"I saw to things," said her husband with a wave of his hand. "When Anisim
was condemned I went to the gentleman who was defending him. 'It's no use
now,' he said, 'it's too late'; and Anisim said the same; it's too late.
But all the same as I came out of the court I made an agreement with a
lawyer, I paid him something in advance. I'll wait a week and then I will
go again. It is as God wills."
Again the old man walked through all the rooms, and when he went back to
Varvara he said:
"I must be ill. My head's in a sort of... fog. My thoughts are in a maze."
He closed the door that Lipa might not hear, and went on softly:
"I am unhappy about my money. Do you remember on Low Sunday before his
wedding Anisim's bringing me some new roubles and half-roubles? One parcel
I put away at the time, but the others I mixed with my own money. When my
uncle Dmitri Filatitch—the kingdom of heaven be his—was alive,
he used constantly to go journeys to Moscow and to the Crimea to buy
goods. He had a wife, and this same wife, when he was away buying goods,
used to take up with other men. She had half a dozen children. And when
uncle was in his cups he would laugh and say: 'I never can make out,' he
used to say, 'which are my children and which are other people's.' An
easy-going disposition, to be sure; and so I now can't distinguish which
are genuine roubles and which are false ones. And it seems to me that they
are all false."
"Nonsense, God bless you."
"I take a ticket at the station, I give the man three roubles, and I keep
fancying they are false. And I am frightened. I must be ill."
"There's no denying it, we are all in God's hands.... Oh dear, dear..."
said Varvara, and she shook her head. "You ought to think about this,
Grigory Petrovitch: you never know, anything may happen, you are not a
young man. See they don't wrong your grandchild when you are dead and
gone. Oy, I am afraid they will be unfair to Nikifor! He has as good as no
father, his mother's young and foolish... you ought to secure something
for him, poor little boy, at least the land, Butyokino, Grigory
Petrovitch, really! Think it over!" Varvara went on persuading him. "The
pretty boy, one is sorry for him! You go to-morrow and make out a deed;
why put it off?"
"I'd forgotten about my grandson," said Tsybukin. "I must go and have a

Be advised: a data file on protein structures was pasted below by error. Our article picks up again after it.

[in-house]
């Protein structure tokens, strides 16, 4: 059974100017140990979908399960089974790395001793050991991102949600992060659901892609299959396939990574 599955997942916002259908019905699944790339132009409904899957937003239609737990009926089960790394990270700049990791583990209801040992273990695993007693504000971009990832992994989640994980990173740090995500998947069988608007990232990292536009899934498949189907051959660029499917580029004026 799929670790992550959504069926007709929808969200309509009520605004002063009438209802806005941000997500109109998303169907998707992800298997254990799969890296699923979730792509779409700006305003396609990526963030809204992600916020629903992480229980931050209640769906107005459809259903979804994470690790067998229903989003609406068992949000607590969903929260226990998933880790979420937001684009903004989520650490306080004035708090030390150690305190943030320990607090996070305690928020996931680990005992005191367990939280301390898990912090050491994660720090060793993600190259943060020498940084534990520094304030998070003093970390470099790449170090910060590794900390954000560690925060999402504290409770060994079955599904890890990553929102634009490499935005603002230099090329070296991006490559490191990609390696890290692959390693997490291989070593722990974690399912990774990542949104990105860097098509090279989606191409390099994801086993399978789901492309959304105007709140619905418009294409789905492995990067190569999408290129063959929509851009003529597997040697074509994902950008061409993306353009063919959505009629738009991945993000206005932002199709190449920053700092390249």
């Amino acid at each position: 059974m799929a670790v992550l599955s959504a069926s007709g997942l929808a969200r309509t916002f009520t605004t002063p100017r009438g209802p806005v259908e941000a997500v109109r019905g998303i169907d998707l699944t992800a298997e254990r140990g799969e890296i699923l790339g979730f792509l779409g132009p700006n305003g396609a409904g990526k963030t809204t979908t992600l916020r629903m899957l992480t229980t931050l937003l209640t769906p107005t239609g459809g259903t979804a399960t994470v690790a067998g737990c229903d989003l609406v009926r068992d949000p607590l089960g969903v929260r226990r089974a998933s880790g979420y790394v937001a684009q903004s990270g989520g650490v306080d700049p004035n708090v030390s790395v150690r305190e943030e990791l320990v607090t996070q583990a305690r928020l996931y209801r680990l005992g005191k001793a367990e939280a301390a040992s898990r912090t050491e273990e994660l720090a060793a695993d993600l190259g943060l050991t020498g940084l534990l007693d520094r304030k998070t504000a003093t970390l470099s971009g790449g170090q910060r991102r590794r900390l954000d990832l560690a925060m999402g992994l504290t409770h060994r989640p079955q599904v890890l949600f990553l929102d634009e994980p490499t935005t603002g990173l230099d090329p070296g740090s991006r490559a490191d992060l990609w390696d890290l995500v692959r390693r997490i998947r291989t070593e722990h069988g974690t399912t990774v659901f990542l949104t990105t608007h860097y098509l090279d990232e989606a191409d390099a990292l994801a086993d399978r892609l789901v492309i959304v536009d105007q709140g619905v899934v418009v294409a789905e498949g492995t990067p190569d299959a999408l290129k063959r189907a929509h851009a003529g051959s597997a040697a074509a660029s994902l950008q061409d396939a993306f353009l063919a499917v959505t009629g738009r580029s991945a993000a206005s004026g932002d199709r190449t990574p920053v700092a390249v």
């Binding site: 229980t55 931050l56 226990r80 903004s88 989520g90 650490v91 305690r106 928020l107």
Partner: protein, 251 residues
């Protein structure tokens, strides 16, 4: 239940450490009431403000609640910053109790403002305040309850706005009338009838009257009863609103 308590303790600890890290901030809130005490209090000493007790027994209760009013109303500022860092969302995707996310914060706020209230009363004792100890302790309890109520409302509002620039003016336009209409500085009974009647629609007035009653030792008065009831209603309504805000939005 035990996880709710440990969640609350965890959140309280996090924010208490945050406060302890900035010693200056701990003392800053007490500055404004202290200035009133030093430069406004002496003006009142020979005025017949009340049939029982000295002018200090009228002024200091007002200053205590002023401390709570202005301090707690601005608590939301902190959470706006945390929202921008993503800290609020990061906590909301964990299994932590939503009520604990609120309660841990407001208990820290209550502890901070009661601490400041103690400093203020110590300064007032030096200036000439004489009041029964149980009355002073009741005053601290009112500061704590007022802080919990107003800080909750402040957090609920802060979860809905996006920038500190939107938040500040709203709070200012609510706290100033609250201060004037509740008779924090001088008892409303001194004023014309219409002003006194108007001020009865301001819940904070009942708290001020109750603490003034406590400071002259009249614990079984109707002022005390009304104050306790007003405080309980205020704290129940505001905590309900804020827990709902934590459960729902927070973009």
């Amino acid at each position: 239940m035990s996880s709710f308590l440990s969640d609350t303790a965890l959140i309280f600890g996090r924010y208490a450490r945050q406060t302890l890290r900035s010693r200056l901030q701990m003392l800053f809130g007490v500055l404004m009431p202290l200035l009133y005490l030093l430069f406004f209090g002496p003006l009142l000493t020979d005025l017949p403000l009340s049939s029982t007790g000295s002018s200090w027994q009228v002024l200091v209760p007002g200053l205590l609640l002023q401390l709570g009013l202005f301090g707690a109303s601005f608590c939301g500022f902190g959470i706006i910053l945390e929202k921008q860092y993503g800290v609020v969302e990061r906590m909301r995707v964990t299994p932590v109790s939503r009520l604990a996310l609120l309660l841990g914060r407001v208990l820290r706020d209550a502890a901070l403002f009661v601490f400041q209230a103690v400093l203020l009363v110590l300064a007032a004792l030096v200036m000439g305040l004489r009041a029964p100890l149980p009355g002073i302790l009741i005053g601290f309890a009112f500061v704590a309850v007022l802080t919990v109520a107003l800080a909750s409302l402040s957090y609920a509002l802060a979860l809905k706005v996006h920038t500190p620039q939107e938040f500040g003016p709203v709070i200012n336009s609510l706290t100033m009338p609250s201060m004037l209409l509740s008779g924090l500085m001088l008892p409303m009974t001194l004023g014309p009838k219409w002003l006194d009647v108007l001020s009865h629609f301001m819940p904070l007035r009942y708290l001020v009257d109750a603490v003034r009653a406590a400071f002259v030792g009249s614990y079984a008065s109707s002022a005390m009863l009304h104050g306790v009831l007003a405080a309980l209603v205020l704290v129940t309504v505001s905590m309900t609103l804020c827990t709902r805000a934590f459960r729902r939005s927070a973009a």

look at him. So you say the boy is all right? Well, let him grow up,
He opened the door and, crooking his finger, beckoned to Lipa. She went up
to him with the baby in her arms.
"If there is anything you want, Lipinka, you ask for it," he said. "And
eat anything you like, we don't grudge it, so long as it does you
good...." He made the sign of the cross over the baby. "And take care of
my grandchild. My son is gone, but my grandson is left."
Tears rolled down his cheeks; he gave a sob and went away. Soon afterwards
he went to bed and slept soundly after seven sleepless nights.
Old Tsybukin went to the town for a short time. Someone told Aksinya that
he had gone to the notary to make his will and that he was leaving
Butyokino, the very place where she had set up a brickyard, to Nikifor,
his grandson. She was informed of this in the morning when old Tsybukin
and Varvara were sitting near the steps under the birch-tree, drinking
their tea. She closed the shop in the front and at the back, gathered
together all the keys she had, and flung them at her father-in-law's feet.
"I am not going on working for you," she began in a loud voice, and
suddenly broke into sobs. "It seems I am not your daughter-in-law, but a
servant! Everybody's jeering and saying, 'See what a servant the Tsybukins
have got hold of!' I did not come to you for wages! I am not a beggar, I
am not a slave, I have a father and mother."
She did not wipe away her tears, she fixed upon her father-in-law eyes
full of tears, vindictive, squinting with wrath; her face and neck were
red and tense, and she was shouting at the top of her voice.